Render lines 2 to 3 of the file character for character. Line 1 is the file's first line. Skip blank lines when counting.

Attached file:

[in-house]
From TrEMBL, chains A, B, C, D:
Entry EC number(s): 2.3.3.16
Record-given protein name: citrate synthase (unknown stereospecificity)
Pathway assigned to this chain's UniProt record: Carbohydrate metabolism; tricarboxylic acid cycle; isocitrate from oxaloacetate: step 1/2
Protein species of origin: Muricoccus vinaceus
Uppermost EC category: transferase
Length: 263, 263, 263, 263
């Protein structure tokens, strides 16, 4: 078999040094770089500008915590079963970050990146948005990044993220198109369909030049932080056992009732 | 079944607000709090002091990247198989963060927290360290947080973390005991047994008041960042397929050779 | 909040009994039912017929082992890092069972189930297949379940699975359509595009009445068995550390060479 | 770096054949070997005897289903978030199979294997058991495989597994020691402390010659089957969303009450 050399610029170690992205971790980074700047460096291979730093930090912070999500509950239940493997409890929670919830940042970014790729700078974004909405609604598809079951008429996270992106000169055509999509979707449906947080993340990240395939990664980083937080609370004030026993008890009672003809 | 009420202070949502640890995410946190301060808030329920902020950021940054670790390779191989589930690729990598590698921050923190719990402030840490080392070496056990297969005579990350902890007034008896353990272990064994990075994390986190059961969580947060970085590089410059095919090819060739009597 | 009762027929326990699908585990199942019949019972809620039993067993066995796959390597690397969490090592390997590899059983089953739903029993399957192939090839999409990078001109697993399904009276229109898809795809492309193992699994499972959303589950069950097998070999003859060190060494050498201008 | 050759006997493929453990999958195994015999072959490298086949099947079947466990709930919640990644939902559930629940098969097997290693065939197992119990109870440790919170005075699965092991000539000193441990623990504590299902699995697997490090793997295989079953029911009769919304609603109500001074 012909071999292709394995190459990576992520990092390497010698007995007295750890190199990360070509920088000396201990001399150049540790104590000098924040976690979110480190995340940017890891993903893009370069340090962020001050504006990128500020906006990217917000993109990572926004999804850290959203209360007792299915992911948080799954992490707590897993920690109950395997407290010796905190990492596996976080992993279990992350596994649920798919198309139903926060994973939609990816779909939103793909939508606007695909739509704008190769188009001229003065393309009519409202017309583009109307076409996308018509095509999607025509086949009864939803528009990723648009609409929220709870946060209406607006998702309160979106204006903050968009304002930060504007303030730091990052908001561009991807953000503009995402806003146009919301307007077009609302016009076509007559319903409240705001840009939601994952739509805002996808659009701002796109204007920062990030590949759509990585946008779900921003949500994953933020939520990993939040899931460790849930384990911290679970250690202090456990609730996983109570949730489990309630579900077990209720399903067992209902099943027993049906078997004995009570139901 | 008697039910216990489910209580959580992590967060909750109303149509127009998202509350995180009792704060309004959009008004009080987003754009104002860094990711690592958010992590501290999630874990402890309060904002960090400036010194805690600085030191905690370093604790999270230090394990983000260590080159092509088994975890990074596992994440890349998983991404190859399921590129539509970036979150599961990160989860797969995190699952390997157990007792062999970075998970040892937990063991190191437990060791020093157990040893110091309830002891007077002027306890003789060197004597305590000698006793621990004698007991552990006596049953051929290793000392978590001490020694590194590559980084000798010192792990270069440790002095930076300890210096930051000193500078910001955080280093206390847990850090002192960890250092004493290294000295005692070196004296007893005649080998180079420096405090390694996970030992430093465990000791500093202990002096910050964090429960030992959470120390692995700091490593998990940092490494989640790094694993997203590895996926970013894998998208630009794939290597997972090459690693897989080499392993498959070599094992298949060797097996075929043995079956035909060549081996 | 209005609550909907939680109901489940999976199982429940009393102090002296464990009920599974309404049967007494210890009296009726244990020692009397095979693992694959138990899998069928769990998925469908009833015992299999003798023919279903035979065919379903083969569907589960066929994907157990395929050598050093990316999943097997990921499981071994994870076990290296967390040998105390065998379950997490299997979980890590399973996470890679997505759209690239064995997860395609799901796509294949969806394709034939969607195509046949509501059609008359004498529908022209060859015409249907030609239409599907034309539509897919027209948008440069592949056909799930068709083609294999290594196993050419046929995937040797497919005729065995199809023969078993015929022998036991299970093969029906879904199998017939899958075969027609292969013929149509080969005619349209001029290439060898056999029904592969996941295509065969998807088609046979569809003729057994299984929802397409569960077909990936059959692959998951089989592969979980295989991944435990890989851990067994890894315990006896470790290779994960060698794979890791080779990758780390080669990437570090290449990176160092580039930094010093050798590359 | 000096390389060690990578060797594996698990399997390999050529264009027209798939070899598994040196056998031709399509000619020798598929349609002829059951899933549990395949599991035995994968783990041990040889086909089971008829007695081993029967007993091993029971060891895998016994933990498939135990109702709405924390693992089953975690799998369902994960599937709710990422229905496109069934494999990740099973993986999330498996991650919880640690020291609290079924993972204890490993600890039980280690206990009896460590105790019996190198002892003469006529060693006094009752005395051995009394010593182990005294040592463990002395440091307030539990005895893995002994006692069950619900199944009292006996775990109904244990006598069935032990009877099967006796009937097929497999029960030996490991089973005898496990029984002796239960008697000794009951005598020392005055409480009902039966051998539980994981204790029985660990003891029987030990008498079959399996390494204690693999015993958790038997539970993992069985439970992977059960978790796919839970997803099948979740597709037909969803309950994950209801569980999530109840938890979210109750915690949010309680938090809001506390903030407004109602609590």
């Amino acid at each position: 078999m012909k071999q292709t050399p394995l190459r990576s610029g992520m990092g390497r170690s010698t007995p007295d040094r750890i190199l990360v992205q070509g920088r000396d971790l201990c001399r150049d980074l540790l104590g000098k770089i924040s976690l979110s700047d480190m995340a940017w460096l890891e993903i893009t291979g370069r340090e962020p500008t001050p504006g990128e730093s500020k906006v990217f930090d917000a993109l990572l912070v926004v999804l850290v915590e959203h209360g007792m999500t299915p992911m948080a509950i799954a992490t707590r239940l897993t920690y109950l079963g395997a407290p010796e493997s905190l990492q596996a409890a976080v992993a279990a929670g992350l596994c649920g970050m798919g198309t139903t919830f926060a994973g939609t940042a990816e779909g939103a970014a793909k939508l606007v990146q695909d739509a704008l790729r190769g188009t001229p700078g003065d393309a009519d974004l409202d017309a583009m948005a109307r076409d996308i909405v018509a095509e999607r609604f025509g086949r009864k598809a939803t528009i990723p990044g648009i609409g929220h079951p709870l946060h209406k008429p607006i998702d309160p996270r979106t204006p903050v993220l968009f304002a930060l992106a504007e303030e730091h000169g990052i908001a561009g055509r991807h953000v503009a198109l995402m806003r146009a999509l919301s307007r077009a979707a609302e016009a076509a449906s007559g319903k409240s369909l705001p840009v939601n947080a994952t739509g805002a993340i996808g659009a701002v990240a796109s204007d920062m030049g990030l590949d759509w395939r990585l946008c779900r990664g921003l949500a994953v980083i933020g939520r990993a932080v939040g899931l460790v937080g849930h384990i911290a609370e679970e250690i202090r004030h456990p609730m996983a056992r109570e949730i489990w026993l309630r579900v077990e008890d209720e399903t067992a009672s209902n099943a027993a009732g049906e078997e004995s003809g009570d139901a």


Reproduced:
From TrEMBL, chains A, B, C, D:
Entry EC number(s): 2.3.3.16